The often controversial iShares MSCI Turkey ETF (NASDAQ: TUR) is modestly higher to start 2018. If previous seasonal trends hold true to form, the lone Turkey exchange traded fund could be in for more near-term upside.
Last year, Turkish voters voted to disband the country’s parliamentary system and install a strong presidential form of government. That scenario, among others, contributed to strained diplomatic relations between the U.S. and Turkey.
The $380.7 million TUR follows the MSCI Turkey Investable Market Index and holds nearly 70 stocks. TUR charges 0.59% per year, or $59 on a $10,000 investment.
TUR “had a rough fourth quarter, shaken up by Turkey’s deteriorating relations with the U.S. and the high-profile trial of Turkish banker Mehmet Hakan Atilla,” reports Schaeffer’s Investment Research. “By late last month, however, the ETF had clawed its way back to within inches of annual-high territory, peaking just north of $46 — a familiar area of resistance — before retreating with the broader stock market. TUR was last seen 1.1% higher on the day, trading at $44.43.”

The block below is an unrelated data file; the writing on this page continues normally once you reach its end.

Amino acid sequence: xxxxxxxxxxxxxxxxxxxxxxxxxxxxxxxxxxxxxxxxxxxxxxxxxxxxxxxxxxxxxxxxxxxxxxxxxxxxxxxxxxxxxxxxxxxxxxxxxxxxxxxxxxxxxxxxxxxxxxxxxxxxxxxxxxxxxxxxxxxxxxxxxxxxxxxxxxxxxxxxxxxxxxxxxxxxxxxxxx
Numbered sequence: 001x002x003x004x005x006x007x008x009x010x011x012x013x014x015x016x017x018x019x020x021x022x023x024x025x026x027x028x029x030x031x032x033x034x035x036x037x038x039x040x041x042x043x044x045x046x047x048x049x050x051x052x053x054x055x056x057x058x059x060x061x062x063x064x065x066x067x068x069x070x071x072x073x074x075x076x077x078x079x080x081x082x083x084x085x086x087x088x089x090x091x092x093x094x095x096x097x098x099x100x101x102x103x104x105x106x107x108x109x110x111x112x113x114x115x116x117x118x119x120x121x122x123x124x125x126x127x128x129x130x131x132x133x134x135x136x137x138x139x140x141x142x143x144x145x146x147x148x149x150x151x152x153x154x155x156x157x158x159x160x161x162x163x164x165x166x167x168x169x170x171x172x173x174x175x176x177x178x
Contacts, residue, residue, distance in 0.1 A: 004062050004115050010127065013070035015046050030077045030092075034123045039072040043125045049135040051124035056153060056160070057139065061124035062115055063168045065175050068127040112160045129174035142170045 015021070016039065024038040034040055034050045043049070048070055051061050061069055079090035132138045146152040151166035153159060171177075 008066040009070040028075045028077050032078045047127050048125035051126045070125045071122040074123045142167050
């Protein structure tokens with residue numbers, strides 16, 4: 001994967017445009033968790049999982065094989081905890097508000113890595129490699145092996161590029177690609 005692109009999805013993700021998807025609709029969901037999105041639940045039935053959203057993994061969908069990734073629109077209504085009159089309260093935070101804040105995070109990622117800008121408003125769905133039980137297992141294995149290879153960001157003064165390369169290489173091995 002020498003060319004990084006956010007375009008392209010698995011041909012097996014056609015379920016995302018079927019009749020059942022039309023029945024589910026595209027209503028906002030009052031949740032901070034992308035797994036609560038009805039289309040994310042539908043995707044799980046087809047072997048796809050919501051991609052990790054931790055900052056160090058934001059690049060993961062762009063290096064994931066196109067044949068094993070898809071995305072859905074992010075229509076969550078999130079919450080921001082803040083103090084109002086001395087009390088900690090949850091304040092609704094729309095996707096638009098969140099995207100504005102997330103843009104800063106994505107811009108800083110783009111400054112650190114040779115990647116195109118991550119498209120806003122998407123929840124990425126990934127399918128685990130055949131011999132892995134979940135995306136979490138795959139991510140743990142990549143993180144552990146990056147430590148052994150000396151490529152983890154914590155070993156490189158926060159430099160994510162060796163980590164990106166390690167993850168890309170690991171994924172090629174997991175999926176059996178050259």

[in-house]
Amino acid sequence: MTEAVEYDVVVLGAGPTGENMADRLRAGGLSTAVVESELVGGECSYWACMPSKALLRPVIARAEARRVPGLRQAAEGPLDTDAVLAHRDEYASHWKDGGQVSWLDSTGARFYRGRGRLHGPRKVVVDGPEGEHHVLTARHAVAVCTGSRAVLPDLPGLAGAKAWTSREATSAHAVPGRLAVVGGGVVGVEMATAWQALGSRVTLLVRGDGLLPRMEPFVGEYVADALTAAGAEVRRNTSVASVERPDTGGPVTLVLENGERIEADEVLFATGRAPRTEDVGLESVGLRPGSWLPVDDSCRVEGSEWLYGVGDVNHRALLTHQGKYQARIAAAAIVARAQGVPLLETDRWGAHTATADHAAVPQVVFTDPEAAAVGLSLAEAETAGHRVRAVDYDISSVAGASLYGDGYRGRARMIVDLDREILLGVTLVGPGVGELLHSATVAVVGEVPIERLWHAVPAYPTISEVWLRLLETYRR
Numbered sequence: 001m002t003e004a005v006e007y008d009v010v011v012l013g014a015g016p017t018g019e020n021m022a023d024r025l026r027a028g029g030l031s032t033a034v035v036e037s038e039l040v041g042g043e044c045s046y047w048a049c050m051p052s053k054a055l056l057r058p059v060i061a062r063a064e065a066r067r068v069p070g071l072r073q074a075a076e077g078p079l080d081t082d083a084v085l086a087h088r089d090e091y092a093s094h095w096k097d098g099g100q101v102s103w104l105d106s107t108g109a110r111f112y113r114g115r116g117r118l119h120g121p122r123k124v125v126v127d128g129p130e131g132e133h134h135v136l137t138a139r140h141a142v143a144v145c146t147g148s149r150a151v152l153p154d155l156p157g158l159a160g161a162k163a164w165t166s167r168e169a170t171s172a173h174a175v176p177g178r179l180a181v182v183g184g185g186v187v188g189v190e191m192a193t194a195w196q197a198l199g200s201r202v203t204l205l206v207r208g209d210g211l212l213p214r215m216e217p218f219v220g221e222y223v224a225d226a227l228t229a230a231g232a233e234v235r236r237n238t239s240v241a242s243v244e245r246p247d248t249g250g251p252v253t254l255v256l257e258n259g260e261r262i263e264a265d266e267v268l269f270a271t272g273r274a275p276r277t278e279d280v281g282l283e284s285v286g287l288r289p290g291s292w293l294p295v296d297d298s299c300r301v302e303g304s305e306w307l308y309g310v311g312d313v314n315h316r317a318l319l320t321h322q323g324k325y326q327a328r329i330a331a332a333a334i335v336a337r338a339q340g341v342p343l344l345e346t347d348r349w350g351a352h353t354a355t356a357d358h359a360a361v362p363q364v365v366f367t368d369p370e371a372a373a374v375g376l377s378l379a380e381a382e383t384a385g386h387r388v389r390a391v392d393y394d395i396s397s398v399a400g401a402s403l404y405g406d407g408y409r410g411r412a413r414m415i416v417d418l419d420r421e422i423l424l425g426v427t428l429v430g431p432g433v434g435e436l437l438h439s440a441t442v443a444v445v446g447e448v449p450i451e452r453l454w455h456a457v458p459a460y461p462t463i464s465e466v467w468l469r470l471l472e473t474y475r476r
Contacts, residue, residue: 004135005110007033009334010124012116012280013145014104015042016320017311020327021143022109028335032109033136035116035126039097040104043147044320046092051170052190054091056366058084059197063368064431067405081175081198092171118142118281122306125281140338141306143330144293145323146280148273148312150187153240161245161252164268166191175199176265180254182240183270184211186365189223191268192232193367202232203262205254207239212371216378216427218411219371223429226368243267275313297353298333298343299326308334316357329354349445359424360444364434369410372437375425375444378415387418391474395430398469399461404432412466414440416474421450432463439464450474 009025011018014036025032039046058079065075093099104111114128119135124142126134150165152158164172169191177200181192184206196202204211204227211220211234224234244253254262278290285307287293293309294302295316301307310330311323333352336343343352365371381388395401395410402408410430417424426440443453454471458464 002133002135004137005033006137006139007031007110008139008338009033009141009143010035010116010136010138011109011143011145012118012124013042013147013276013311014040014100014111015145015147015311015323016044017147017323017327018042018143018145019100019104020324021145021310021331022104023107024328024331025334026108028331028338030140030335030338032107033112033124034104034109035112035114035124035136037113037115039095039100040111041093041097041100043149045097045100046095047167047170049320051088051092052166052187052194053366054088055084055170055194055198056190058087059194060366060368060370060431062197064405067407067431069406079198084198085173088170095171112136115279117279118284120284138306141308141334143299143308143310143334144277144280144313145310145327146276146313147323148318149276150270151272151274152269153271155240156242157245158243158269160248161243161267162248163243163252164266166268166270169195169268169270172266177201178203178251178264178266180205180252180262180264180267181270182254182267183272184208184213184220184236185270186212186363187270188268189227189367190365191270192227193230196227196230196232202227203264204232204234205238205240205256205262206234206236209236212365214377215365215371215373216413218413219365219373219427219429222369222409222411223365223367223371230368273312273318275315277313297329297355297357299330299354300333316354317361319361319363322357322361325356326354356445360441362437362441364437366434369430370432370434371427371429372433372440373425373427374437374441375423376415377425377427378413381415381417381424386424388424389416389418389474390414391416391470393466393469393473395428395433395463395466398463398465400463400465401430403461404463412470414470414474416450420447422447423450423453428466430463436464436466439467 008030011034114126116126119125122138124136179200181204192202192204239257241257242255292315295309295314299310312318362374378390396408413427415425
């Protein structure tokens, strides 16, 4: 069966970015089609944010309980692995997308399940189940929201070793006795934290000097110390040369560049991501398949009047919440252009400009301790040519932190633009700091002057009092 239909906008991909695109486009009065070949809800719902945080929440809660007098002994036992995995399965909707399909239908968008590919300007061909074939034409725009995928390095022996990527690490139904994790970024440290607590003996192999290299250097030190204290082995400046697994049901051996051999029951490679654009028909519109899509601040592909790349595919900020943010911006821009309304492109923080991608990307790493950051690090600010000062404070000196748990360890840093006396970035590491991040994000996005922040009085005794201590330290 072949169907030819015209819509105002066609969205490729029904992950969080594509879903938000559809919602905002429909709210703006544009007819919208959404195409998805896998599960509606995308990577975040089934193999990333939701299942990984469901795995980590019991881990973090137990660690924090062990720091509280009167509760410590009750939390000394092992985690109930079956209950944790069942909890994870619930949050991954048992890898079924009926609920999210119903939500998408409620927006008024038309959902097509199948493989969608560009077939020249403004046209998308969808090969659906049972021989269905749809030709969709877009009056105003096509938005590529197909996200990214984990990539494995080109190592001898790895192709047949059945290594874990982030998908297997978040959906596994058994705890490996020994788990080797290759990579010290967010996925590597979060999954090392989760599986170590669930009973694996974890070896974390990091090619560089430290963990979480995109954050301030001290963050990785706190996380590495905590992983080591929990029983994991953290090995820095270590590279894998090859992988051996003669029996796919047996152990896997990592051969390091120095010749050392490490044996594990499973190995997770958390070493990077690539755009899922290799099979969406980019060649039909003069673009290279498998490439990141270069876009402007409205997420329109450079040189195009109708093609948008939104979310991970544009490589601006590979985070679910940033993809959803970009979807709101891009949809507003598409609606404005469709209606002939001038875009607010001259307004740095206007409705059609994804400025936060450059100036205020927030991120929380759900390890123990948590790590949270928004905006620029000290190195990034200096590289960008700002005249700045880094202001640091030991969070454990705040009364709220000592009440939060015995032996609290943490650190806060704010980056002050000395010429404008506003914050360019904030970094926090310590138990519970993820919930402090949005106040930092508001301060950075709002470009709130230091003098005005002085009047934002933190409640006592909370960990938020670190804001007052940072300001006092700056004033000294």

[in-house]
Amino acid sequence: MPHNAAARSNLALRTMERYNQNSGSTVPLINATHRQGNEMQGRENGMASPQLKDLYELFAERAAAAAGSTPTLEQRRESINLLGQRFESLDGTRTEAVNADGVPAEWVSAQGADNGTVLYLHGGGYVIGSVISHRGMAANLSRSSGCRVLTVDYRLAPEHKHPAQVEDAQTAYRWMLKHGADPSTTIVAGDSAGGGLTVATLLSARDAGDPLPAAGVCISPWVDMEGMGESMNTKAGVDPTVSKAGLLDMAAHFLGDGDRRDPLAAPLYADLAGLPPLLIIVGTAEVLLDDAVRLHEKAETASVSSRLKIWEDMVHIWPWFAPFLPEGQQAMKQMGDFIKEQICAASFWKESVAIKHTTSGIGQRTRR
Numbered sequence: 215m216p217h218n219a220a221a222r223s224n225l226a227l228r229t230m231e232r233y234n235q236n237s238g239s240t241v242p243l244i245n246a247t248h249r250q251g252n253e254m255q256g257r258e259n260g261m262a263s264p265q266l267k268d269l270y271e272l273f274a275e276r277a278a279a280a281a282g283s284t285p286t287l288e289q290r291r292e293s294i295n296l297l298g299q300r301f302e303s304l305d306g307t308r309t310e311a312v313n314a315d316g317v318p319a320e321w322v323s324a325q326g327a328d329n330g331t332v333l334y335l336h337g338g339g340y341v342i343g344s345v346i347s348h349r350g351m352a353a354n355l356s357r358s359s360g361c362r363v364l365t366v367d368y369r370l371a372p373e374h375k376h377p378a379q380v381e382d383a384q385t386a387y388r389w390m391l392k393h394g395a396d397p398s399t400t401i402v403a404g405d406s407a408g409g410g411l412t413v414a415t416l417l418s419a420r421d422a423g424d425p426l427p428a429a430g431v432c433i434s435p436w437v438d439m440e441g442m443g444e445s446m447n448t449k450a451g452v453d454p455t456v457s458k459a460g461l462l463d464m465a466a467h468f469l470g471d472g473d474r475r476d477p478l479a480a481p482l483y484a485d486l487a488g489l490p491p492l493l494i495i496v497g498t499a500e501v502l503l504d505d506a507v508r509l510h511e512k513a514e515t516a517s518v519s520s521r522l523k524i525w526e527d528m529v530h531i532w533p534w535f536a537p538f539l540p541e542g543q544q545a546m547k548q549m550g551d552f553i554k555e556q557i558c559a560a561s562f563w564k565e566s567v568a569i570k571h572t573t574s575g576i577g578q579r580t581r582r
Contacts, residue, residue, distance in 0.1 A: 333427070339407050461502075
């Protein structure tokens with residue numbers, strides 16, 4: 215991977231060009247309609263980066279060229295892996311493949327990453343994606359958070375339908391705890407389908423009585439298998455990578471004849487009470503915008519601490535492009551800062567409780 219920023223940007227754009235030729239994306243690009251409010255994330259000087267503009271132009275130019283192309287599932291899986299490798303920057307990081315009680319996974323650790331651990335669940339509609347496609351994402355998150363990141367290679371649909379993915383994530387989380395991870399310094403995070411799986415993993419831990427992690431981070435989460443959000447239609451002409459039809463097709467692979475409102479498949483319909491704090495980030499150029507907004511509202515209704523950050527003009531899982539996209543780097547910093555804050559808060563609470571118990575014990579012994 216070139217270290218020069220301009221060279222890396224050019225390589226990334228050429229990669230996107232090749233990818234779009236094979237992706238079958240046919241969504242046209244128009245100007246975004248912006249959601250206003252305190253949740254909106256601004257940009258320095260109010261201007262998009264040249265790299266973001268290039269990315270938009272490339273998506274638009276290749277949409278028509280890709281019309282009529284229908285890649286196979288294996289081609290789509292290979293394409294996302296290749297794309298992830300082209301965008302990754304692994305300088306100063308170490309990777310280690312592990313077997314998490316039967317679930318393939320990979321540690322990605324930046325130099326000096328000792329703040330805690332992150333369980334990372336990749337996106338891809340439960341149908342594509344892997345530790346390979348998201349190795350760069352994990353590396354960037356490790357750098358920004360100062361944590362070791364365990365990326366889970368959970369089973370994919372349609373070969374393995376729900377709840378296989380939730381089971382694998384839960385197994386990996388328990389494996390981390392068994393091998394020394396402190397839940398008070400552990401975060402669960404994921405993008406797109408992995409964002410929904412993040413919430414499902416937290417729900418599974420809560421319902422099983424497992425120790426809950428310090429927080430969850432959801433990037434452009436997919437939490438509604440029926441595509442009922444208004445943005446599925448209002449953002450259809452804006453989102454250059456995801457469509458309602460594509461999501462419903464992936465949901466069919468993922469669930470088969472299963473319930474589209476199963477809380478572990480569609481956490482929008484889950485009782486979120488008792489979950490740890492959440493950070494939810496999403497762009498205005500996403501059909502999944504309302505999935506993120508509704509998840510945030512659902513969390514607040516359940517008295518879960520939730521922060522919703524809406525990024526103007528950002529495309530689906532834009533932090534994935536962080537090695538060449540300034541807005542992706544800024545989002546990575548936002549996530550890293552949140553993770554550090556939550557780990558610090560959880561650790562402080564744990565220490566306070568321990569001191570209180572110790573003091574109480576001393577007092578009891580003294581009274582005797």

Like many single-country emerging markets ETFs, TUR is heavily dependent on the financial services sector. That sector represents 35% of the ETF’s weight, more than double its second-largest sector weight. Industrial and materials stocks combine for over 30% of the fund’s roster. TUR has a 10.4% weight to consumer staples stocks.
“TUR’s upcoming two-month stretch is the best of all four ETFs discussed today, historically. The shares have averaged a March gain of 7.6%, since inception — another rally of that magnitude would place them around $47.81 — a neighborhood not charted since mid-2015. What’s more, TUR averages an even healthier gain of 8.6% in April. That would put the fund around $51.92, if history repeats — a three-year high,” according to Schaeffer’s.
TUR has a three-year standard deviation of 25%, which is well above the same metric on the MSCI Emerging Markets Index.
For more information on the Turkish markets, visit our Turkey category.